This time last year it was inevitable that Hillary Clinton would become the Democrat nominee for President of the United States. The Republicans calibrated their sights at her weaknesses and strengths. While there was some conjecture about whether or not she would be elected President, nobody questioned the power of Big Money and Big Endorsements in making Clinton the inevitable candidate.
We have seen Clinton fritter away the biggest advantage anyone ever had in running for the presidency. She had raised more money than anyone in history – hundreds of millions of dollars – and now her campaign is in deficit. She had a conga-line of endorsements from Democrat bigwigs. She had some experience in the hard practicalities of legislating on healthcare as well as the soft side of presidential power. She had the incalculable asset of Bill Clinton, a natural, canny and proven politician, not only advising her but committed full-time to give her the best and fullest advice on all aspects of a successful campaign.
The Democrats’ compacted primary campaign favoured Clinton. In previous campaigns, each State held their primary at a time that suited themselves, spreading out the primary schedule to draw attention to their State and their local issues. This created space for bolters to emerge from the pack and cost a lot of money. Compacting the primary season of 2007-08 favoured a candidate that already had plenty of money, could draw on endorsements from around the country, and who ran a tight, professional campaign. The Democrats couldn’t have structured a campaign to better suit Clinton if she wrote the rules herself.
Obama’s campaign worked to develop a solid understanding of the complex rules on primary delegate entitlements, with the aim of getting the most delegates to Denver without having to spend the sort of money only available to Clinton. Strangely, Clinton’s team paid no heed to maximising their delegate vote, relying on the heavy artillery of Big Money and Big Endorsements to blow away opponents. The folly of this was demonstrated in the Nevada primary in February.
Clinton had major endorsements from leading Nevada Democrats, spent more money and won more votes in aggregate, yet under the State’s rules it was Obama, not Clinton, who secured a majority of Democrat delegates from that State. This happened again and again: Clinton learned nothing from her failures, mainly because she and her campaign ignored them.
When Democrats in Michigan and Florida breached undertakings they had given on scheduling their primaries, they were punished by having their delegates disenfranchised at the Party’s convention in Denver. When these breaches came to light earlier this year, the candidates honoured the party’s rules by refusing to campaign in those States. Obama withdrew his name from their discredited ballots; Clinton did not. It would have been honourable for Clinton to abide by those rules even when things were going against her. Imagine how powerful she could have been if she had forced Party officials in those States to abide by their original agreements, then rallied voters in legitimate contests. By standing up for those who broke the rules, Clinton was undermining her own Party for personal advantage.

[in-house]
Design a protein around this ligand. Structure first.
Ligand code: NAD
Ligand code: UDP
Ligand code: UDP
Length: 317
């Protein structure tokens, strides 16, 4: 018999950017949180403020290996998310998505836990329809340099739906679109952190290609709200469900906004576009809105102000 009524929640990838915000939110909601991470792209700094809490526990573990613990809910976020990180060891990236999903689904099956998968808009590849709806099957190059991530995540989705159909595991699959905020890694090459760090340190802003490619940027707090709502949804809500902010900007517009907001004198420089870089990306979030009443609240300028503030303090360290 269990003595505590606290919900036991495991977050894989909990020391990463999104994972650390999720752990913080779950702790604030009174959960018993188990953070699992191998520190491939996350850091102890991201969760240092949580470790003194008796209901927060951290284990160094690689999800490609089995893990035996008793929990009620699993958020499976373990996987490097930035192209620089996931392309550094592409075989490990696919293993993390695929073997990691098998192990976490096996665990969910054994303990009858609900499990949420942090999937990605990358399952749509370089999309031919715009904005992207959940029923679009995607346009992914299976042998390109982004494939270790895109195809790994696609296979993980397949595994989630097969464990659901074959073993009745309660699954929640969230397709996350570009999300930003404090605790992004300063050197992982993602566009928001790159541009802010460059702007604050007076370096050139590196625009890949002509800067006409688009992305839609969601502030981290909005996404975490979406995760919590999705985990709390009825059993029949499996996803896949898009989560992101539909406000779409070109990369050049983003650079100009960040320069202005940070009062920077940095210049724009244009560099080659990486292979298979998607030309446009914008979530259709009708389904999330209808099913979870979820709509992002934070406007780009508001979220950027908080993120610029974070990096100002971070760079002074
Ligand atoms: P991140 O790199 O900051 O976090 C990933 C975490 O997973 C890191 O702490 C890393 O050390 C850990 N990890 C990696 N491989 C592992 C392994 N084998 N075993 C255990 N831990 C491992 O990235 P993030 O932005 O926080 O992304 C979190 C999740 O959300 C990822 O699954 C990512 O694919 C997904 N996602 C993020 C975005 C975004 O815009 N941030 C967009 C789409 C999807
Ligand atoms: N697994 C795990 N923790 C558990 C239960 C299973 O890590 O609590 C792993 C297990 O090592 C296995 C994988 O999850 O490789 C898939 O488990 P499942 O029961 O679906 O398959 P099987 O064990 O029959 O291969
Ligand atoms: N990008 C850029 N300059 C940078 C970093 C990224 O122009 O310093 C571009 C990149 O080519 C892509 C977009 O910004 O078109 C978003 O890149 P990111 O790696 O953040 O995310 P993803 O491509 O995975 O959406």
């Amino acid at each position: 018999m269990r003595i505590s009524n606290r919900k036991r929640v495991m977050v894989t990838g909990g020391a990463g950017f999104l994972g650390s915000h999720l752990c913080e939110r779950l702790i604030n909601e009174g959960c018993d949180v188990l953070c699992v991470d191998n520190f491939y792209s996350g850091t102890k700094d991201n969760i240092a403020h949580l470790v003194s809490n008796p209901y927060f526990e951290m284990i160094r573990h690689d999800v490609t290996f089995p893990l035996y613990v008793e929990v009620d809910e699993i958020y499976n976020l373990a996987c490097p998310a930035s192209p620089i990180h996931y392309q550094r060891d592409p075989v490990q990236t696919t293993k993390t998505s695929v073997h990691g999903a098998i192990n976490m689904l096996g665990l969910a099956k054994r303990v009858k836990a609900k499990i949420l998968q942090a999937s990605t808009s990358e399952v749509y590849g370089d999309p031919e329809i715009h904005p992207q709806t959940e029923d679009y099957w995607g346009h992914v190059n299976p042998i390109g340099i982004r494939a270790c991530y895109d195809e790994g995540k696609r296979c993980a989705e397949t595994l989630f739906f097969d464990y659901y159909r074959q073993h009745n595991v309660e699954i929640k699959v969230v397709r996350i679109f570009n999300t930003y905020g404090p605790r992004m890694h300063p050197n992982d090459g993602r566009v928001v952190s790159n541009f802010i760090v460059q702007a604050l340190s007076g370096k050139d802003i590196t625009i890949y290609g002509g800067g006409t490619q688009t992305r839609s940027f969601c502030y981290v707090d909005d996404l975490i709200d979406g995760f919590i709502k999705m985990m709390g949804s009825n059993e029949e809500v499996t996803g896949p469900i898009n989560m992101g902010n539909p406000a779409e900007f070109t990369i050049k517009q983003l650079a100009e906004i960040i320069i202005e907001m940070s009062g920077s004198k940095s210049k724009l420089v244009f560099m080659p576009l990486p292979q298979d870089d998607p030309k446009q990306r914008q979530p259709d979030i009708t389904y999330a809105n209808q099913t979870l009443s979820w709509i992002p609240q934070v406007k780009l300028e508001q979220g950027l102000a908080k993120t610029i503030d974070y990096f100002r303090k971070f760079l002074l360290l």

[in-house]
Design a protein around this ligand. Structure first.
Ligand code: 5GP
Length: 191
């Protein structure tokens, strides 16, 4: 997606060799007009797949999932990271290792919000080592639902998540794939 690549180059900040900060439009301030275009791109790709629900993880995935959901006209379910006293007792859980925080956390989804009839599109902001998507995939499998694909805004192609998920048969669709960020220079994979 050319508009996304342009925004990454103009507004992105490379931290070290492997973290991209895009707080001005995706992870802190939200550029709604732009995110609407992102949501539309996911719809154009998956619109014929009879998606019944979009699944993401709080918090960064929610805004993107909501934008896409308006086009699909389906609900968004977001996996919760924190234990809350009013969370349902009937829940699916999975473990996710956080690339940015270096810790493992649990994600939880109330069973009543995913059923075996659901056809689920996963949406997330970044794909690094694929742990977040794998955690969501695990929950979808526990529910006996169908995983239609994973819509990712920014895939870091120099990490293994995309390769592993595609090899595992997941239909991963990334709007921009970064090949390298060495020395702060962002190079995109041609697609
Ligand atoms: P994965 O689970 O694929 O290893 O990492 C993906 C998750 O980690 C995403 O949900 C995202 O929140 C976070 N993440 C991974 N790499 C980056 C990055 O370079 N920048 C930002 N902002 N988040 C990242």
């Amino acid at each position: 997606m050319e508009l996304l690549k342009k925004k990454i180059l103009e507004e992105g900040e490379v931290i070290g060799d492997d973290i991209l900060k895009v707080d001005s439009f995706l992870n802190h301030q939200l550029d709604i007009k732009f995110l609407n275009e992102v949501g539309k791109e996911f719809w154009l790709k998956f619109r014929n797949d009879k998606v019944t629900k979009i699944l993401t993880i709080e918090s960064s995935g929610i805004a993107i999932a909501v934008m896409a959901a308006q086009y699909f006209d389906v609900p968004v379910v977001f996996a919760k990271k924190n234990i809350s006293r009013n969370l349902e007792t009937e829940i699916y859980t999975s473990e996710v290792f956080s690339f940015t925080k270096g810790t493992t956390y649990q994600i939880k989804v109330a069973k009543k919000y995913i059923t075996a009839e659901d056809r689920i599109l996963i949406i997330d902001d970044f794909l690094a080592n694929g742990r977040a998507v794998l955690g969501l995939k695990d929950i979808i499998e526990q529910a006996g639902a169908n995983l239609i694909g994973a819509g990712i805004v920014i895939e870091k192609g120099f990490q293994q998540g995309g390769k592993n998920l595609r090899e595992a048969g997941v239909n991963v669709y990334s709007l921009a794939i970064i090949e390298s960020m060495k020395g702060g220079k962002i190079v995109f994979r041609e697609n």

No man could have survived falling from inevitable winner to the ungracious loser who failed to concede last week. Any man who had squandered the money, endorsements, credibility and goodwill that Clinton has would be an international punchline by now.
It’s true that Hillary Clinton bore criticism of her personal appearance, mainly by people who were never going to vote for her. It is also true, but less acknowledged, that male candidates in a mass-media age face the kind of scrutiny about their appearance that Hillary Clinton faced. Gone are the comfortable bellies and facial hair of yesterday’s politicians, replaced by bleached teeth and tailored suits. Gore and Kerry were accused of being aloof and lacking the common touch – claims also made of Clinton.
It is true that there are a number of prominent female Democrat politicians – such as Kansas Governor Kathleen Sebelius, Speaker Nancy Pelosi and Michigan Senator Debbie Stabenow – who are neither advantaged nor disadvantaged by the rise and fall of Hillary Clinton. It is also true that American women who aspire to be president are neither advantaged nor disadvantaged; but she has shown more clearly what a successful candidate for President will have to go through.
The 2008 US Presidential election was Hillary Clinton’s to lose, and lose she did – spectacularly and unequivocally. Even such a strong woman must feel wounded. Those who believed in her must also grieve the loss of possibility. This does not mean, however, that those who would never accept a woman president have been reinforced, or that female candidates for the US presidency will face a harder task. Those seeking to tick the box of a first female president have learned little from the first female prime ministers of Britain or Pakistan.
Instead of being a figure of ridicule, Hillary Clinton is said to have sufficient leverage to be a contender for vice president – or deny it to others. Nobody laughs at her face-saving wish to have some role in the Denver convention. When Bill Clinton became Democrat candidate for President in 1992, he had a free hand from those he beat in the primaries that year, and from previous Democrat presidential candidates Michael Dukakis and Walter Mondale. Barack Obama should consider himself similarly free from Hillary Clinton. Her refusal to concede until long after her cause was lost is reminiscent of the lack of reality that has led the incumbent President to disaster.
Hillary Clinton deserves no sympathy for squandering such a strong lead. To regard her as just another loser is to transcend the sexist assumptions which cannot entirely be blamed for her failure.
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